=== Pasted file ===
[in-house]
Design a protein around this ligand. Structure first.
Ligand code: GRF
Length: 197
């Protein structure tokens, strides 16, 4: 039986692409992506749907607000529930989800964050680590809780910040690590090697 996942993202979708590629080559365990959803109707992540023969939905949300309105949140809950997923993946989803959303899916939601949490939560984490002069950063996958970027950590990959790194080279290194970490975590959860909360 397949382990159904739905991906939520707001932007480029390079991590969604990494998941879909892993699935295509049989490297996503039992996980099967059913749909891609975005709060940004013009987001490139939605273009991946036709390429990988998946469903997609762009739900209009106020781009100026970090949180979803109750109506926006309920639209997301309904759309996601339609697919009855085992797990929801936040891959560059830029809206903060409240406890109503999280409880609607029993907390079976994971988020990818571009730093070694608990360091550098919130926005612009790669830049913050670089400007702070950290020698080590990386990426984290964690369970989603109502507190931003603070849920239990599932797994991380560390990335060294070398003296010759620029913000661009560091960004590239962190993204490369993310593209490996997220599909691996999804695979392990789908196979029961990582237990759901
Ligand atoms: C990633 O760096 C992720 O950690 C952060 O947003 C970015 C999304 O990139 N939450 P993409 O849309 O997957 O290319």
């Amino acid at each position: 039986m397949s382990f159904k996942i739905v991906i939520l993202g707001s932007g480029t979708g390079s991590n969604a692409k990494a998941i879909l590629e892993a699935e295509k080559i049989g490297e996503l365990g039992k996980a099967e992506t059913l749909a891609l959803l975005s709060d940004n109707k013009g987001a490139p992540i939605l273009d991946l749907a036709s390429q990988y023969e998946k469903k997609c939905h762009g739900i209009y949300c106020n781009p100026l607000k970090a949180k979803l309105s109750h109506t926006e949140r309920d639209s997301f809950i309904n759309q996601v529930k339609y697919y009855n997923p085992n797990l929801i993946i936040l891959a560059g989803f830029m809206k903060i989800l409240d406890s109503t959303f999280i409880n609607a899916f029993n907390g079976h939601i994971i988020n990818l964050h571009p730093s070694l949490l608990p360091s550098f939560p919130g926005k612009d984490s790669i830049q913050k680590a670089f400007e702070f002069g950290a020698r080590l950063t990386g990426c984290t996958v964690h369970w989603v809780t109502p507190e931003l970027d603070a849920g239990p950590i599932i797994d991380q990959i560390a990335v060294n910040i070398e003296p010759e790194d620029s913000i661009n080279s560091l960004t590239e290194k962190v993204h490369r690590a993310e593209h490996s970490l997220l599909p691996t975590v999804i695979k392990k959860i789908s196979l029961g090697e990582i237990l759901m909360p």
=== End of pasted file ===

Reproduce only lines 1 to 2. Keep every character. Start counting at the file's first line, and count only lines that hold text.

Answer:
[in-house]
Design a protein around this ligand. Structure first.